3.2 LC–MS dataset

Despite using a lower ionization energy, there is unavoidably some mass redundancy in LC–MS data sets due to the presence of natural isotopes as well as to unintended but inevitably occurring metabolite fragmentation and/or adduct formation. This redundancy is a key, however, to the use of MSClust in LC–MS datasets. The alignment of the 94 high mass resolution LC-QTOF-MS chromatograms tested resulted in a data matrix of 1,092 mass signals aligned across all samples. MSClust extracted 179 clusters with at least two ions per metabolite. Comparison of the mass signals in some clusters corresponding to known tomato metabolites with LC–MS mass spectral databases and other experimental tomato fruit data (Iijima et al. 2008; Moco et al. 2006; Tikunov et al. 2010) indicated that the mass peaks known to originate from the same metabolite, including the molecular ion, fragments, adducts and their natural isotopes, were successfully grouped together into the same reconstructed metabolite (see Supplemental Table II). The exact mass difference between mass signals enables the annotation of each ion detected, thereby facilitating the identification of the molecular ion to be searched for in in-house mass-retention time databases or publicly available mass databases, for instance MotoDB (http://appliedbioinformatics.wur.nl/moto/) and the Komics DB (http://webs2.kazusa.or.jp/komics) in the case of tomato fruit, or in the Human Metabolite DB (www.hmdb.ca), MassBank (www.massbank.jp) and the Dictionary of Natural Products (http://dnp.chemnetbase.com). The unintended ion source or collision cell-induced fragmentation, if present, can provide additional information about the structure of the metabolite underlying the cluster of mass peaks.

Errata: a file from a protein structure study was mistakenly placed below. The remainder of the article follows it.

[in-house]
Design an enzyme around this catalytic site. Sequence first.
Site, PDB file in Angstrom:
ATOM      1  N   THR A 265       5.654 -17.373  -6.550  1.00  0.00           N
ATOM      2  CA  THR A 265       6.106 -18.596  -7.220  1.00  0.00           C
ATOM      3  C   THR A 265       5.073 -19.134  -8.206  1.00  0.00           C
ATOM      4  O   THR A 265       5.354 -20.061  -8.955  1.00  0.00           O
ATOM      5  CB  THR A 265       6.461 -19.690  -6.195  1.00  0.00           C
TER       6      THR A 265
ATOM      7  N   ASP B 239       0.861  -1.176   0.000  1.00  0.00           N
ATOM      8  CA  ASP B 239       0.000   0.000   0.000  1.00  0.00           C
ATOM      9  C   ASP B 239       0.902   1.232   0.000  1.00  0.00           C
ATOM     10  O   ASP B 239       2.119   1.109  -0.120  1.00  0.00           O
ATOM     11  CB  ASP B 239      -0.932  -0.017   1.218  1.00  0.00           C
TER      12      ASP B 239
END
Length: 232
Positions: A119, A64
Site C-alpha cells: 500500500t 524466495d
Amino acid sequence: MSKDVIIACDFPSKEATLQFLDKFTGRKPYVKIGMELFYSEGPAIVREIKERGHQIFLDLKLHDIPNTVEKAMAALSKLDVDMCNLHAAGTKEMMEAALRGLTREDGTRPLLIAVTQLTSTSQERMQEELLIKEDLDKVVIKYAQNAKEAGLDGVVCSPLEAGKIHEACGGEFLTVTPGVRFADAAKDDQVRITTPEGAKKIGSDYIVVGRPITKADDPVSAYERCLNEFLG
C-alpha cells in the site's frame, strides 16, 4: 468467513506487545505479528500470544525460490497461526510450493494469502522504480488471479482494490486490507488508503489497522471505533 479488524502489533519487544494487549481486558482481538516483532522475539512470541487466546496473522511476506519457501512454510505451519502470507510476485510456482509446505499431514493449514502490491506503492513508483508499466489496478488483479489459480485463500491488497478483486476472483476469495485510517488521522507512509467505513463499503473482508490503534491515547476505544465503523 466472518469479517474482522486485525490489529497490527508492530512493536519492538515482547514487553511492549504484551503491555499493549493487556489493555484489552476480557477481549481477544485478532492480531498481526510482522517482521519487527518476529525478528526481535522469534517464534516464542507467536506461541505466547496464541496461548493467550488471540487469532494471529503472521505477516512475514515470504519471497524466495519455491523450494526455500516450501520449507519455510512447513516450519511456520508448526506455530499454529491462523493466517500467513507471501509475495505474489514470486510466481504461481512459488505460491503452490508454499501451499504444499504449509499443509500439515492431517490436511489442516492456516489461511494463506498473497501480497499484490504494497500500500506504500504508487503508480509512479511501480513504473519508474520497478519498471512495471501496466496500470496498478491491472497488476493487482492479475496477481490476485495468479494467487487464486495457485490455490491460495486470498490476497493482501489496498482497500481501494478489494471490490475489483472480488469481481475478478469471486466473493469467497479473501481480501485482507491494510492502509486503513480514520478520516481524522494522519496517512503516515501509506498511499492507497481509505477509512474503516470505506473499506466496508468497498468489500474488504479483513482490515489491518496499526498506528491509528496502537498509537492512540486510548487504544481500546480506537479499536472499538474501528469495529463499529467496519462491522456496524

Acknowledgments

This work was supported by the Centre of BioSystems Genomics and the Netherlands Metabolomics Centre, both are part of the Netherlands Genomics Initiative/Netherlands Organization for Scientific Research.

Open Access

This article is distributed under the terms of the Creative Commons Attribution Noncommercial License which permits any noncommercial use, distribution, and reproduction in any medium, provided the original author(s) and source are credited.

Supplementary material

11306_2011_368_MOESM1_ESM.doc (290 kb)
Supplementary data available at the journal’s web site (DOC 289 kb)

Copyright information

© The Author(s) 2011

Authors and Affiliations

  • Y. M. Tikunov
    • 1
    • 2
    • 3
  • S. Laptenok
    • 4
  • R. D. Hall
    • 1
    • 2
    • 5
  • A. Bovy
    • 1
    • 2
  • R. C. H. de Vos
    • 1
    • 2
    • 5
  1. 1.Centre for BioSystems GenomicsWageningenThe Netherlands
  2. 2.Plant Research InternationalWageningenThe Netherlands
  3. 3.Plant BreedingWageningen UniversityWageningenThe Netherlands
  4. 4.Laboratory of BiophysicsWageningen UniversityWageningenThe Netherlands
  5. 5.Netherlands Metabolomics CentreLeidenThe Netherlands